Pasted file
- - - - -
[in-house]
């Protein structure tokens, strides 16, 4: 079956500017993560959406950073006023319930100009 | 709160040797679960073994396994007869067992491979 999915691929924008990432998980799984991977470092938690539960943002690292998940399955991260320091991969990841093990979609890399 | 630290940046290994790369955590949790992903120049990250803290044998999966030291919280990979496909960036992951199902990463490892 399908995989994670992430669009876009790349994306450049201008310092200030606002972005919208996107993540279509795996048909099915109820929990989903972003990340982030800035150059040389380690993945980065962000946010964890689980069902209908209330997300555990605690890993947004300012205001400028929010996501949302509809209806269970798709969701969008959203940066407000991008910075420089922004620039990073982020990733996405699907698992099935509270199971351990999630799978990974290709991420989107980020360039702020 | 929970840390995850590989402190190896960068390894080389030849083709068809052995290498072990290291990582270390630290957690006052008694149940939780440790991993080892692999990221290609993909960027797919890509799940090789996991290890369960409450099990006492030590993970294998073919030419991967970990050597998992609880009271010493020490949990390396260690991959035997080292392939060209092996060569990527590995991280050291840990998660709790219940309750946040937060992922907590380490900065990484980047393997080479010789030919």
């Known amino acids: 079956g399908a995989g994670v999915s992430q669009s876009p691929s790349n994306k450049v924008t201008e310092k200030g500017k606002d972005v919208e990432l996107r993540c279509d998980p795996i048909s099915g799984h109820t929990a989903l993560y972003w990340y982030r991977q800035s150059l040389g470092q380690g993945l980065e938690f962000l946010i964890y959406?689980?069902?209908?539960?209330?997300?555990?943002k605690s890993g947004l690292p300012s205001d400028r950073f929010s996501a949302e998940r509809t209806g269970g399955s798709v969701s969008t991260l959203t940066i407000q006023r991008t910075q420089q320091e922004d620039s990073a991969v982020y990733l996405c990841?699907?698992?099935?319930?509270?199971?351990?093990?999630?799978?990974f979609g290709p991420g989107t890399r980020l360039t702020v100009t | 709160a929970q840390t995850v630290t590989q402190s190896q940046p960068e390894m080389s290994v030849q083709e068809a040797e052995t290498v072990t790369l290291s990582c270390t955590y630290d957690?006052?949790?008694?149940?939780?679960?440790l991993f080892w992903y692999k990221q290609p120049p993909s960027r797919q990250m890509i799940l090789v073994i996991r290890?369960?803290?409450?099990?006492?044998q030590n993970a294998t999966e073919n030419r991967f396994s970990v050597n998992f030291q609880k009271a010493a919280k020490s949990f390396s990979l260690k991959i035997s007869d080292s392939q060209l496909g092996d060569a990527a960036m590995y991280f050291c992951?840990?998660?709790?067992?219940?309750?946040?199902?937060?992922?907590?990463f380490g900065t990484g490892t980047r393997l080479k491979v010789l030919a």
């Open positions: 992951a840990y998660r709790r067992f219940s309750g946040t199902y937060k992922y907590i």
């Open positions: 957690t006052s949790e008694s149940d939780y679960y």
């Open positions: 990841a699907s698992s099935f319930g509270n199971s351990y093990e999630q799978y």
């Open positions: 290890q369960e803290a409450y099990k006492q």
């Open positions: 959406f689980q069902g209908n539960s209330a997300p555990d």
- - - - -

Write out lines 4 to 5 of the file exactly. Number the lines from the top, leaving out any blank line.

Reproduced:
């Open positions: 992951a840990y998660r709790r067992f219940s309750g946040t199902y937060k992922y907590i």
């Open positions: 957690t006052s949790e008694s149940d939780y679960y």